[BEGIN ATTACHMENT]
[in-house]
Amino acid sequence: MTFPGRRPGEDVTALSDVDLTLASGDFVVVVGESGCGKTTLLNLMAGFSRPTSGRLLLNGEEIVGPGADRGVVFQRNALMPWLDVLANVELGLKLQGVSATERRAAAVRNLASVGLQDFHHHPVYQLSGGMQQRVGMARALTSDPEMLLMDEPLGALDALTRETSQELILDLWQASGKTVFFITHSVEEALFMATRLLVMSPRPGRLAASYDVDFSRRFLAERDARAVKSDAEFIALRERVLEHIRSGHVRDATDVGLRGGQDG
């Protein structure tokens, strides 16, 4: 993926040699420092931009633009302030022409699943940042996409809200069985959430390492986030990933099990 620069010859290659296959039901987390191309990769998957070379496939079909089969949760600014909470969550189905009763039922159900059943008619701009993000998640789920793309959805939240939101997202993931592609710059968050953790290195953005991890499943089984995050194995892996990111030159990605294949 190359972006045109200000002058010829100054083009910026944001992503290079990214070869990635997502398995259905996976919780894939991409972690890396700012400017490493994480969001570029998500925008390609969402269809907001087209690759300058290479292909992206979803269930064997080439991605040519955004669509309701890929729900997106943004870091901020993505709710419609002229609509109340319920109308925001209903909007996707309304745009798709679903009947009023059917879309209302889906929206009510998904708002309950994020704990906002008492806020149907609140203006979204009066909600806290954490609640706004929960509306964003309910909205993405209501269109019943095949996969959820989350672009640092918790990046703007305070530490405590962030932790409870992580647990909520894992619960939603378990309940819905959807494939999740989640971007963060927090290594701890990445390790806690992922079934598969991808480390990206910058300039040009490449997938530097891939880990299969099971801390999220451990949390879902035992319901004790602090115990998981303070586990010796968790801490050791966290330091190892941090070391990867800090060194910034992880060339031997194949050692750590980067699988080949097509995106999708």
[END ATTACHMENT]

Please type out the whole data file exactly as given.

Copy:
[in-house]
Amino acid sequence: MTFPGRRPGEDVTALSDVDLTLASGDFVVVVGESGCGKTTLLNLMAGFSRPTSGRLLLNGEEIVGPGADRGVVFQRNALMPWLDVLANVELGLKLQGVSATERRAAAVRNLASVGLQDFHHHPVYQLSGGMQQRVGMARALTSDPEMLLMDEPLGALDALTRETSQELILDLWQASGKTVFFITHSVEEALFMATRLLVMSPRPGRLAASYDVDFSRRFLAERDARAVKSDAEFIALRERVLEHIRSGHVRDATDVGLRGGQDG
């Protein structure tokens, strides 16, 4: 993926040699420092931009633009302030022409699943940042996409809200069985959430390492986030990933099990 620069010859290659296959039901987390191309990769998957070379496939079909089969949760600014909470969550189905009763039922159900059943008619701009993000998640789920793309959805939240939101997202993931592609710059968050953790290195953005991890499943089984995050194995892996990111030159990605294949 190359972006045109200000002058010829100054083009910026944001992503290079990214070869990635997502398995259905996976919780894939991409972690890396700012400017490493994480969001570029998500925008390609969402269809907001087209690759300058290479292909992206979803269930064997080439991605040519955004669509309701890929729900997106943004870091901020993505709710419609002229609509109340319920109308925001209903909007996707309304745009798709679903009947009023059917879309209302889906929206009510998904708002309950994020704990906002008492806020149907609140203006979204009066909600806290954490609640706004929960509306964003309910909205993405209501269109019943095949996969959820989350672009640092918790990046703007305070530490405590962030932790409870992580647990909520894992619960939603378990309940819905959807494939999740989640971007963060927090290594701890990445390790806690992922079934598969991808480390990206910058300039040009490449997938530097891939880990299969099971801390999220451990949390879902035992319901004790602090115990998981303070586990010796968790801490050791966290330091190892941090070391990867800090060194910034992880060339031997194949050692750590980067699988080949097509995106999708």